You only had to witness the atmosphere inside the Queretaro Convention Centre yesterday, when home favourite Maria Espinoza went up against The Netherlands' Reshmie Oogink in the women's 67 kilogram final, to get a sense of just how passionate Mexicans are for taekwondo.
Although Espinoza suffered a narrow 4-2 loss to her Dutch counterpart, she certainly couldn't fault the backing of her avid supporters who did all they could to try and drive the former Olympic champion to victory.
Unrelenting cries of "venga Maria" ("come on Maria") could be heard behind the venue's written press area throughout Espinoza's three bouts, while the deafening silence that greeted confirmation of her defeat in the final said equally as much about the love for taekwondo in Mexico, if not more.
Sitting down to interview President Choue between the semi-finals and finals on the opening day of the Grand Prix, the South Korean reminisced about the significance of the Beijing 2008 Olympic Games in establishing a connection between taekwondo and the Mexican population.
Mexico won three medals in total at the Games and significantly two of those, both gold, came in taekwondo as Espinoza triumphed in her weight class and Guillermo Pérez prevailed in the men's 58kg category.
Five years later, Mexico hosted the WTF World Taekwondo Championships for the very first time in the city of Puebla, laying down a huge marker in the country's bid to host future events.
This year's staging of the World Taekwondo Poomsae Championships in Aguascalientes, as well as the WTF Grand Prix final and WTF World Cup Taekwondo Team Championships, due to start tomorrow, shows that Mexico certainly means business when it comes to the combat sport, while talk of taking the 2015 WTF Grand Prix final to Mexico City further reinforces the esteem in which the country is held by the world governing body.
Taekwondo is also continuing to develop across other areas of the world, such as Iraq, Bhutan and the Chinese provinces of Sichuan and Henan where taekwondo is a compulsory subject in schools.
Choue is of the opinion that this is down to the human values which the sport promotes at youth level.
"I believe taekwondo is only the combat sport to teach not only how to fight and how to combat, but to teach young kids to respect elderly people and also respect their own nations and harmonise with their colleagues and friends," he told me.
"Because of those kinds of things, most parents really like their kids to be learning taekwondo.
"We already have 260 member nations and many of the countries' taekwondo population is, athletes wise, second after football."
Taekwondo was named as one of the 25 sports that will be form the core of the Tokyo 2020 Olympic Games at the 125th International Olympic Committee (IOC) Session in Buenos Aires in September 2013.
The next such Session will be held in 2017 and Choue stressed the importance of ensuring that the sport continues to evolve to keep its place among the Summer Olympics' elite disciplines.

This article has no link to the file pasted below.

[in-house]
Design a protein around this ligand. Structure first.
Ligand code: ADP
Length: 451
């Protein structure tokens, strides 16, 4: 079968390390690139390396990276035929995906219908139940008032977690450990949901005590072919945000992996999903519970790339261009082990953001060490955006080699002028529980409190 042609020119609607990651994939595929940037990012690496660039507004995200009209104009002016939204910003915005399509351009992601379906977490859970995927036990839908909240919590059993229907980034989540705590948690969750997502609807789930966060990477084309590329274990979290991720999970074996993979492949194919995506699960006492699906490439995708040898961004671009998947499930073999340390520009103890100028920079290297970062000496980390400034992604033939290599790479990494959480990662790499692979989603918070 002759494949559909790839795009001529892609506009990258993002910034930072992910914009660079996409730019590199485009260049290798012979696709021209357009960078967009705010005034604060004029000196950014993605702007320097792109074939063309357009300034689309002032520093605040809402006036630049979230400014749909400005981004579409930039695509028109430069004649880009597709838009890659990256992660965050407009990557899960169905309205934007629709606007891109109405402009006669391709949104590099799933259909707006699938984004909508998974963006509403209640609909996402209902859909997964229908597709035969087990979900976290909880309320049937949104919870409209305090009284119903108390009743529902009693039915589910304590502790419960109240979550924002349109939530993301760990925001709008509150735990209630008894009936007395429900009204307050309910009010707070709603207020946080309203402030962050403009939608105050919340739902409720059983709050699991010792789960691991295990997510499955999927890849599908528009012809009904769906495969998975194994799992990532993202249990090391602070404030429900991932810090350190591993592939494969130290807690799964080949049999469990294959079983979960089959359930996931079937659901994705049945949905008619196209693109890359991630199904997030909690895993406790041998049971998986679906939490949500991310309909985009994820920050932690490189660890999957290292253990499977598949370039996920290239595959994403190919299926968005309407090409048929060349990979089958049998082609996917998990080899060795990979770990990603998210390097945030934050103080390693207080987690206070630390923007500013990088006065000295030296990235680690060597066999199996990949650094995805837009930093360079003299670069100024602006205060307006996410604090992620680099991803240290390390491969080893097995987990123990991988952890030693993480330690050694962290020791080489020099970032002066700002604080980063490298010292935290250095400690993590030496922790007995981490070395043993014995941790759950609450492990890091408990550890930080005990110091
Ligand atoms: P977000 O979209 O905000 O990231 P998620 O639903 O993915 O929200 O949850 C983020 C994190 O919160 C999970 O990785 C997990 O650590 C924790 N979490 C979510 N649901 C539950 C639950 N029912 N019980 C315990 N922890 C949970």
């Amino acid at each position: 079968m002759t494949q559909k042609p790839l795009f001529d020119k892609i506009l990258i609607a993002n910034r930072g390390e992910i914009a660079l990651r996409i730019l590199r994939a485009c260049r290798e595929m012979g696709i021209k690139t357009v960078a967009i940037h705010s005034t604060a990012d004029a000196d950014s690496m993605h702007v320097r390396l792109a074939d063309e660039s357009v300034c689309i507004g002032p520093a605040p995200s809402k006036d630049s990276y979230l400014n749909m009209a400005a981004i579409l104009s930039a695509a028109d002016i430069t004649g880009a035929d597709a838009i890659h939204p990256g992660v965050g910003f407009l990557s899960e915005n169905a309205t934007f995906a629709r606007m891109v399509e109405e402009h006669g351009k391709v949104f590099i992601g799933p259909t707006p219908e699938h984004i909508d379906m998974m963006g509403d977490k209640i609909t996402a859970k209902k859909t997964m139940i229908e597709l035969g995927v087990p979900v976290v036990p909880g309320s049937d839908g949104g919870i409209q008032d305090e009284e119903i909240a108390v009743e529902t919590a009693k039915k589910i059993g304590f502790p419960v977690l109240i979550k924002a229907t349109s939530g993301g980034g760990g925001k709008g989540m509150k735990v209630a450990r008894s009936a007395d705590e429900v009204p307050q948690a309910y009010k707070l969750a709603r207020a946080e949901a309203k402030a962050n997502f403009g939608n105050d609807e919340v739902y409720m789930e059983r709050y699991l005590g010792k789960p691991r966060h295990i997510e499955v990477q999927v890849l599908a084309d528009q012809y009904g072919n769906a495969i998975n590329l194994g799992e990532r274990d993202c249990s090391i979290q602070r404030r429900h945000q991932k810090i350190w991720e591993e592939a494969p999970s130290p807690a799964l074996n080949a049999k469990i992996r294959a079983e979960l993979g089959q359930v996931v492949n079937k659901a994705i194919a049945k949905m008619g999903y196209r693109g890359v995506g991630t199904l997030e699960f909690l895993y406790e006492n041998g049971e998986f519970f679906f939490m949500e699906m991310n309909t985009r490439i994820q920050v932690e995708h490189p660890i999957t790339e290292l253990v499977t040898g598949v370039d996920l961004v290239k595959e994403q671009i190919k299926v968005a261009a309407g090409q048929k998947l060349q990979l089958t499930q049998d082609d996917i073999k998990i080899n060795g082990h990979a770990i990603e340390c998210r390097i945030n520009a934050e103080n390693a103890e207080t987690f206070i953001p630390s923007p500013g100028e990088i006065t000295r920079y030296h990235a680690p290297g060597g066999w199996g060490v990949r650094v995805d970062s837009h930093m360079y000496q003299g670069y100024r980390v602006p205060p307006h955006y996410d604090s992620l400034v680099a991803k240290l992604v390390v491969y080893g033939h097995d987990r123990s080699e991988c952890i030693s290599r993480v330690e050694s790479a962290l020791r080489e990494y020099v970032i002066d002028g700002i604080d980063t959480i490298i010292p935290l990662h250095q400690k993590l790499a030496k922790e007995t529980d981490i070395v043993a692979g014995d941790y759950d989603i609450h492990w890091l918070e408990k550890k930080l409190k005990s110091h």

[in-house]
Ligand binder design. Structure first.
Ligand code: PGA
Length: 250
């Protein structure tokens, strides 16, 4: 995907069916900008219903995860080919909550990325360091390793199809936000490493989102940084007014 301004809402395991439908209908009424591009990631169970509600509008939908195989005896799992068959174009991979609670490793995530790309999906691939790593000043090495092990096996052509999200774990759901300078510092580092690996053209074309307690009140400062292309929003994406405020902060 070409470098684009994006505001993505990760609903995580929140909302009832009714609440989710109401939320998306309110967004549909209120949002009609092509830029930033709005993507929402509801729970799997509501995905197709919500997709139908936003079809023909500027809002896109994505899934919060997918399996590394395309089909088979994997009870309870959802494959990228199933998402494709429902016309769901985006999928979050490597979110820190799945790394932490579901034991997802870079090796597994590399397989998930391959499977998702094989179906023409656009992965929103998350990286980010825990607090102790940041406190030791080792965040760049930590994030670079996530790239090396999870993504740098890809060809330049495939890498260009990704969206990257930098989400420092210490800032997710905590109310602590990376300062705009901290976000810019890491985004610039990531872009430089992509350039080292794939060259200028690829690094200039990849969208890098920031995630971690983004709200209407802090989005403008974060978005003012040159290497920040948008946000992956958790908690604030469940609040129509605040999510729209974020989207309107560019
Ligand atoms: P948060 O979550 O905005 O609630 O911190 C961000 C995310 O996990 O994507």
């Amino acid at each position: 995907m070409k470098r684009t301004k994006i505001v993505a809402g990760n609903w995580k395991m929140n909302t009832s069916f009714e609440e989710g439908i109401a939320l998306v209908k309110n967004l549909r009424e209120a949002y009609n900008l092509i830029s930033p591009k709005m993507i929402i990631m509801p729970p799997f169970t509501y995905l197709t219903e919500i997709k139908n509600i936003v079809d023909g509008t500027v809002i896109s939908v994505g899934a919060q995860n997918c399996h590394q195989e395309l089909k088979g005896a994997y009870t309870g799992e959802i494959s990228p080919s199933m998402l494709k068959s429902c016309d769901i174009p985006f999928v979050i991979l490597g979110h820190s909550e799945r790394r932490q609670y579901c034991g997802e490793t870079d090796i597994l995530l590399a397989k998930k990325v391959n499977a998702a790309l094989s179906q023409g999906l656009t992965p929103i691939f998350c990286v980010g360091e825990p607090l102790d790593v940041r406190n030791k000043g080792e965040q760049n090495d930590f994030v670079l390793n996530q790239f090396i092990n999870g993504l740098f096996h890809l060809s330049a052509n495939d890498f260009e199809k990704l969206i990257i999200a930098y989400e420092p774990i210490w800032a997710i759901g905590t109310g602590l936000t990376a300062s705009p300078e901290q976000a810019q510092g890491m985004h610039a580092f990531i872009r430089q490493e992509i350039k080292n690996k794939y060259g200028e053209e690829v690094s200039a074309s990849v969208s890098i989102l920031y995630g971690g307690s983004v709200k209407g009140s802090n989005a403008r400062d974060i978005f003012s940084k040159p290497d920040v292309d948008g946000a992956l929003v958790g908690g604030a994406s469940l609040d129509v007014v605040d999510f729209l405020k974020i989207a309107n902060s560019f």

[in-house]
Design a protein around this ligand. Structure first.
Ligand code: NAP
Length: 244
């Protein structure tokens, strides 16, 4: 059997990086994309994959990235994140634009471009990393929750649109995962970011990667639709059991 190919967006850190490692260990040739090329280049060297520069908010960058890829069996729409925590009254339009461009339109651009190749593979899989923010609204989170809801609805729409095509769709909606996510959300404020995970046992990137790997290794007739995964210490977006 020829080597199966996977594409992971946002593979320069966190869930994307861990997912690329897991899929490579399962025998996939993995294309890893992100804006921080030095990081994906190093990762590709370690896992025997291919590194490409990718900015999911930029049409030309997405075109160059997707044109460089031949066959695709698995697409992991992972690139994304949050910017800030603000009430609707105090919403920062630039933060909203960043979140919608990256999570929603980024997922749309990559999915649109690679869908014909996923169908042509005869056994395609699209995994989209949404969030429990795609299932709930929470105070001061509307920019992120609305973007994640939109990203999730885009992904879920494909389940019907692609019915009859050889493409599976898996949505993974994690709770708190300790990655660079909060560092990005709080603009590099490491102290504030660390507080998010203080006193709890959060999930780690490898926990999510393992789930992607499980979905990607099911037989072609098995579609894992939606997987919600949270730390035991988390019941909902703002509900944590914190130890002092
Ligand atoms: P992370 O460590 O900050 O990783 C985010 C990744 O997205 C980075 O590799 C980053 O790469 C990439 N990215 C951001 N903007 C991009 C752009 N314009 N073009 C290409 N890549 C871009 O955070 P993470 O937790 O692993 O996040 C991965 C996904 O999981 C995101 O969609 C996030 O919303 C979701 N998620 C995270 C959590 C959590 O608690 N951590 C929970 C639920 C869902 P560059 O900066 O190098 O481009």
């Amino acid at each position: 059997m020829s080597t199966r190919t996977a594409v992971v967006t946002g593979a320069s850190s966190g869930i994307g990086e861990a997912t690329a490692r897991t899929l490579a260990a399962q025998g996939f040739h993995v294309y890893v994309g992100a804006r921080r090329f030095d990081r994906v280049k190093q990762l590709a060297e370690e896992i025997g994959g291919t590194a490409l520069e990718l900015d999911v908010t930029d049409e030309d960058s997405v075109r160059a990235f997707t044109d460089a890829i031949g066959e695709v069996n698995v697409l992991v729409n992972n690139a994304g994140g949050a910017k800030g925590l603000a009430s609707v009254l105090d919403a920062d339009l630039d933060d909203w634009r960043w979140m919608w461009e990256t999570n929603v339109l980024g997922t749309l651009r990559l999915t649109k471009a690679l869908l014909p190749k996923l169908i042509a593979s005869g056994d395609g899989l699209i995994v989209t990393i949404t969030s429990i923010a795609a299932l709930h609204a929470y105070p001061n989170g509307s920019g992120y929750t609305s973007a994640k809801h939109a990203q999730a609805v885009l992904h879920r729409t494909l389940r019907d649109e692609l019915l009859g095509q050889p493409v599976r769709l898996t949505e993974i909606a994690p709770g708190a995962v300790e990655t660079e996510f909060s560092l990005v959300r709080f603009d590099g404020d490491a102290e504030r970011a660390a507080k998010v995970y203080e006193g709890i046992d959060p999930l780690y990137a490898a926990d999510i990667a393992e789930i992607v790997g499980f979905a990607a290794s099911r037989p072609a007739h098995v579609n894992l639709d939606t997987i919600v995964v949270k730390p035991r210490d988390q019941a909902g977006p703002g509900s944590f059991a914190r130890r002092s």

"We will do our best in order to promote our sport and also make our sport more fair and transparent," he said.
"After every Olympic Games, we change a little bit, little by little, such as shrinking the competition area and introducing new competition rules and regulations.
"In Rio [at the 2016 Olympic Games], we are introducing the octagonal shape of the competition area for the first time and we are already studying [the possibility of] having new uniforms, using different materials for the athletes.
"We're also using electronic sensor head gear [Protector Scoring System (PSS)], so I believe the Games will be more interesting than in London [at the 2012 Olympic Games]."
In 2008, the WTF introduced the World Taekwondo Peace Corps, an initiative which aims to help the youth of developing countries "to build a dream and provide hope that poverty can be overcome", as well as promote taekwondo as a sport.
Choue has recently applied to become a member of the IOC, as one of the 15 representatives of the International Federations (IFs), and if selected, he would like to see a Peace Corp created for each Olympic sport, with the IOC and the United Nations working alongside each other.
"There are 28 Summer Olympic sports and seven Winter Olympic sports and if they're doing what we're doing now, young kids could achieve their dreams through other Olympic sports," he said.
"I'll keep in contact with the secretary general [of the United Nations] Ban Ki-moon, and also IOC President Thomas Bach, to discuss this matter in the very near future."
In this sense, taekwondo is showing other sports the way forward by setting an example to follow and this perhaps is one of the main reasons why the sport has grown so considerably under Choue's Presidency from 2004 onwards.
Innovative thinking and an incessant desire for continuous development has got taekwondo to where it is today and it certainly doesn't show any signs of letting up.
It seems almost inevitable that the sport will continue to grow. Who knows how far it can go.
Daniel Etchells is a reporter for insidethegames. To follow him on Twitter click here.